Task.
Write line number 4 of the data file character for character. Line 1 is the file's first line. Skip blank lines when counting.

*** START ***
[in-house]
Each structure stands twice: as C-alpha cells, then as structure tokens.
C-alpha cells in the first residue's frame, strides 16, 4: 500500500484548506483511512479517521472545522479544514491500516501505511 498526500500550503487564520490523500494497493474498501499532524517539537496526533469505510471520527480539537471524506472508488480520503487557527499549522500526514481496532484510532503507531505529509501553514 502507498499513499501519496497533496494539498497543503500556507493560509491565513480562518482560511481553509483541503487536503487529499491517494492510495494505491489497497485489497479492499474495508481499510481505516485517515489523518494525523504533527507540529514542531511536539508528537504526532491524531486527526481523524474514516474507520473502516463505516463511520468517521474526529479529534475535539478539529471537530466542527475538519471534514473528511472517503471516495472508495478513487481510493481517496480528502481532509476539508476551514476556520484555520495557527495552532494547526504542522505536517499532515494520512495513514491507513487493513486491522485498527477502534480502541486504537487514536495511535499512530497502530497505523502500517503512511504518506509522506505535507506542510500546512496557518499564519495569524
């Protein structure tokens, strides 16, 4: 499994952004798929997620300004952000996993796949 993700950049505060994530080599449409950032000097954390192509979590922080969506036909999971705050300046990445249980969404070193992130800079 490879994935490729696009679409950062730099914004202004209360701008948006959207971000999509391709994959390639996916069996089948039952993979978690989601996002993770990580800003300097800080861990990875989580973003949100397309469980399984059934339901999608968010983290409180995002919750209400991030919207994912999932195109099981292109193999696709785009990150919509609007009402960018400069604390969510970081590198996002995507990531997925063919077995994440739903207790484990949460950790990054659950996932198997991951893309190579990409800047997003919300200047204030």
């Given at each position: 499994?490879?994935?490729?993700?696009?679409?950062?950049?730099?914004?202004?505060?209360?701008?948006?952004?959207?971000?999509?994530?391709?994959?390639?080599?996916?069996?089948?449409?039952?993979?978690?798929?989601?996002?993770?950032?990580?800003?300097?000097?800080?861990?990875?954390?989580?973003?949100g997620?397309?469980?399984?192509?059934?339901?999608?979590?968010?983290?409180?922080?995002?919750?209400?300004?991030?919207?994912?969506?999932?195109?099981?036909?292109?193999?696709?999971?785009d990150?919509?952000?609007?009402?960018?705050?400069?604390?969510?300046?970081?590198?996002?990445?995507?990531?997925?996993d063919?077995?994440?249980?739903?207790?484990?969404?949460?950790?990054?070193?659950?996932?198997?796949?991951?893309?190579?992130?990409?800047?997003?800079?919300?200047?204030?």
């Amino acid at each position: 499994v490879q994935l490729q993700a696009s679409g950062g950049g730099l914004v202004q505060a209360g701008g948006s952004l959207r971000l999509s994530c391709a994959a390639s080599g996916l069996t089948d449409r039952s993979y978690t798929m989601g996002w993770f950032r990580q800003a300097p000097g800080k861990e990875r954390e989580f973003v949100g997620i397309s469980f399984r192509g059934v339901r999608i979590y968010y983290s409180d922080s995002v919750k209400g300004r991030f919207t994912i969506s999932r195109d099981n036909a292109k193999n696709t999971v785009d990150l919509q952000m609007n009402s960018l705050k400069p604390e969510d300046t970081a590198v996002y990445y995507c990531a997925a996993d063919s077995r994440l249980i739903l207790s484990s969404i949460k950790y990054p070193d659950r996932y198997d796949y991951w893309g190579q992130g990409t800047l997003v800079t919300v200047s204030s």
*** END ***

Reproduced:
């Protein structure tokens, strides 16, 4: 499994952004798929997620300004952000996993796949 993700950049505060994530080599449409950032000097954390192509979590922080969506036909999971705050300046990445249980969404070193992130800079 490879994935490729696009679409950062730099914004202004209360701008948006959207971000999509391709994959390639996916069996089948039952993979978690989601996002993770990580800003300097800080861990990875989580973003949100397309469980399984059934339901999608968010983290409180995002919750209400991030919207994912999932195109099981292109193999696709785009990150919509609007009402960018400069604390969510970081590198996002995507990531997925063919077995994440739903207790484990949460950790990054659950996932198997991951893309190579990409800047997003919300200047204030």